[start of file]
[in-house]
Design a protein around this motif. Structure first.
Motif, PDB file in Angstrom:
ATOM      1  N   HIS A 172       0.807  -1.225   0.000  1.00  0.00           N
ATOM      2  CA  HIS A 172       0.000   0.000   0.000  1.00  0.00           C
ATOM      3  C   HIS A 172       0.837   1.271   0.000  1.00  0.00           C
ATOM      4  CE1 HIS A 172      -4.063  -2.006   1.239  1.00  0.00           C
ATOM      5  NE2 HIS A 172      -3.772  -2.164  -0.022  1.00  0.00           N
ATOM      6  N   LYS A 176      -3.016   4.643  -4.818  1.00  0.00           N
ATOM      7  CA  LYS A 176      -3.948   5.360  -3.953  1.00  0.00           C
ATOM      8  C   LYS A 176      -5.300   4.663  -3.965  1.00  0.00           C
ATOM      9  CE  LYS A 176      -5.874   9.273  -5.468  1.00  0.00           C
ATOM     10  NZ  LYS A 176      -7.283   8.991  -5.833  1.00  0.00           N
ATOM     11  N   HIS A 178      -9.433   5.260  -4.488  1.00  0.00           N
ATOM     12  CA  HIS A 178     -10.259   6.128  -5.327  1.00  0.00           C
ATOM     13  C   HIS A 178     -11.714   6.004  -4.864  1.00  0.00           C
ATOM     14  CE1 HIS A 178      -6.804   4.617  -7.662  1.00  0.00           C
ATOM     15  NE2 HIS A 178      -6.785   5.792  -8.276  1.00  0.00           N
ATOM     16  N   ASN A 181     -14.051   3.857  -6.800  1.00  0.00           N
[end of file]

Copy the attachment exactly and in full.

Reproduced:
[in-house]
Design a protein around this motif. Structure first.
Motif, PDB file in Angstrom:
ATOM      1  N   HIS A 172       0.807  -1.225   0.000  1.00  0.00           N
ATOM      2  CA  HIS A 172       0.000   0.000   0.000  1.00  0.00           C
ATOM      3  C   HIS A 172       0.837   1.271   0.000  1.00  0.00           C
ATOM      4  CE1 HIS A 172      -4.063  -2.006   1.239  1.00  0.00           C
ATOM      5  NE2 HIS A 172      -3.772  -2.164  -0.022  1.00  0.00           N
ATOM      6  N   LYS A 176      -3.016   4.643  -4.818  1.00  0.00           N
ATOM      7  CA  LYS A 176      -3.948   5.360  -3.953  1.00  0.00           C
ATOM      8  C   LYS A 176      -5.300   4.663  -3.965  1.00  0.00           C
ATOM      9  CE  LYS A 176      -5.874   9.273  -5.468  1.00  0.00           C
ATOM     10  NZ  LYS A 176      -7.283   8.991  -5.833  1.00  0.00           N
ATOM     11  N   HIS A 178      -9.433   5.260  -4.488  1.00  0.00           N
ATOM     12  CA  HIS A 178     -10.259   6.128  -5.327  1.00  0.00           C
ATOM     13  C   HIS A 178     -11.714   6.004  -4.864  1.00  0.00           C
ATOM     14  CE1 HIS A 178      -6.804   4.617  -7.662  1.00  0.00           C
ATOM     15  NE2 HIS A 178      -6.785   5.792  -8.276  1.00  0.00           N
ATOM     16  N   ASN A 181     -14.051   3.857  -6.800  1.00  0.00           N